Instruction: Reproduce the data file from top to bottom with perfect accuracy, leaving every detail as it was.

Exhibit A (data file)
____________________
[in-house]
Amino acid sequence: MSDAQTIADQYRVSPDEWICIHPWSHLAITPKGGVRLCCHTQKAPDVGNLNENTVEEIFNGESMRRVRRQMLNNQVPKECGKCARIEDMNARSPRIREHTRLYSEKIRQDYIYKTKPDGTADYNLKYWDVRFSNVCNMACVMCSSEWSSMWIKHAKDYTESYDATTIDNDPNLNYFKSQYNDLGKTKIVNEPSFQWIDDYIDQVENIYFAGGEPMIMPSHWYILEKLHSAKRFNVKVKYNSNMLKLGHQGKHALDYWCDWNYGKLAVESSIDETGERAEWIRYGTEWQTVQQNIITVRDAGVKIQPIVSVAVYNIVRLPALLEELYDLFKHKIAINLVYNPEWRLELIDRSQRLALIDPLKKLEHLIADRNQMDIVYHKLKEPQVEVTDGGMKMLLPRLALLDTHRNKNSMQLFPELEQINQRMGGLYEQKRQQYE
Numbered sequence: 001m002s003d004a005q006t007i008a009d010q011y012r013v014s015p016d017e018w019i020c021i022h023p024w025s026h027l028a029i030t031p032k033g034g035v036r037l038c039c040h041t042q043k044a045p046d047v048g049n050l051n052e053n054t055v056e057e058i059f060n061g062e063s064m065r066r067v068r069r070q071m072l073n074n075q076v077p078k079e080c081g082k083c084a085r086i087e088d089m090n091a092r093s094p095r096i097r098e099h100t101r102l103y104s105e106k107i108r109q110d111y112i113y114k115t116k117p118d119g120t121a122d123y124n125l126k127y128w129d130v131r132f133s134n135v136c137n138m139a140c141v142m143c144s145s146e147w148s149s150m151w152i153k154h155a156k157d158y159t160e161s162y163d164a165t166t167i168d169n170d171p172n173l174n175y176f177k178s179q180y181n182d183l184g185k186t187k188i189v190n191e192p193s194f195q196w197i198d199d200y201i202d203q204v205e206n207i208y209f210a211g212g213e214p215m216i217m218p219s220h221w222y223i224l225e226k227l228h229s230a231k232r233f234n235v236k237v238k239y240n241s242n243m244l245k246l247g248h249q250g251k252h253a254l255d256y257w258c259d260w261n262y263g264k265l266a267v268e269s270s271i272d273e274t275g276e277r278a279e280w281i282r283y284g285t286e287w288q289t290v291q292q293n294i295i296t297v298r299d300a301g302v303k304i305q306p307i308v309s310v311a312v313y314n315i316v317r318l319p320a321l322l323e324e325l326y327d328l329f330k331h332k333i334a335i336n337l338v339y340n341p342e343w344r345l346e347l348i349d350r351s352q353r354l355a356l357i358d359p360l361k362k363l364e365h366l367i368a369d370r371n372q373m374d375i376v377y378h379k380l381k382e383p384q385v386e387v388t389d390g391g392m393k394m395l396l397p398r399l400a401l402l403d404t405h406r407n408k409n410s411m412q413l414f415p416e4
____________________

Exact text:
[in-house]
Amino acid sequence: MSDAQTIADQYRVSPDEWICIHPWSHLAITPKGGVRLCCHTQKAPDVGNLNENTVEEIFNGESMRRVRRQMLNNQVPKECGKCARIEDMNARSPRIREHTRLYSEKIRQDYIYKTKPDGTADYNLKYWDVRFSNVCNMACVMCSSEWSSMWIKHAKDYTESYDATTIDNDPNLNYFKSQYNDLGKTKIVNEPSFQWIDDYIDQVENIYFAGGEPMIMPSHWYILEKLHSAKRFNVKVKYNSNMLKLGHQGKHALDYWCDWNYGKLAVESSIDETGERAEWIRYGTEWQTVQQNIITVRDAGVKIQPIVSVAVYNIVRLPALLEELYDLFKHKIAINLVYNPEWRLELIDRSQRLALIDPLKKLEHLIADRNQMDIVYHKLKEPQVEVTDGGMKMLLPRLALLDTHRNKNSMQLFPELEQINQRMGGLYEQKRQQYE
Numbered sequence: 001m002s003d004a005q006t007i008a009d010q011y012r013v014s015p016d017e018w019i020c021i022h023p024w025s026h027l028a029i030t031p032k033g034g035v036r037l038c039c040h041t042q043k044a045p046d047v048g049n050l051n052e053n054t055v056e057e058i059f060n061g062e063s064m065r066r067v068r069r070q071m072l073n074n075q076v077p078k079e080c081g082k083c084a085r086i087e088d089m090n091a092r093s094p095r096i097r098e099h100t101r102l103y104s105e106k107i108r109q110d111y112i113y114k115t116k117p118d119g120t121a122d123y124n125l126k127y128w129d130v131r132f133s134n135v136c137n138m139a140c141v142m143c144s145s146e147w148s149s150m151w152i153k154h155a156k157d158y159t160e161s162y163d164a165t166t167i168d169n170d171p172n173l174n175y176f177k178s179q180y181n182d183l184g185k186t187k188i189v190n191e192p193s194f195q196w197i198d199d200y201i202d203q204v205e206n207i208y209f210a211g212g213e214p215m216i217m218p219s220h221w222y223i224l225e226k227l228h229s230a231k232r233f234n235v236k237v238k239y240n241s242n243m244l245k246l247g248h249q250g251k252h253a254l255d256y257w258c259d260w261n262y263g264k265l266a267v268e269s270s271i272d273e274t275g276e277r278a279e280w281i282r283y284g285t286e287w288q289t290v291q292q293n294i295i296t297v298r299d300a301g302v303k304i305q306p307i308v309s310v311a312v313y314n315i316v317r318l319p320a321l322l323e324e325l326y327d328l329f330k331h332k333i334a335i336n337l338v339y340n341p342e343w344r345l346e347l348i349d350r351s352q353r354l355a356l357i358d359p360l361k362k363l364e365h366l367i368a369d370r371n372q373m374d375i376v377y378h379k380l381k382e383p384q385v386e387v388t389d390g391g392m393k394m395l396l397p398r399l400a401l402l403d404t405h406r407n408k409n410s411m412q413l414f415p416e4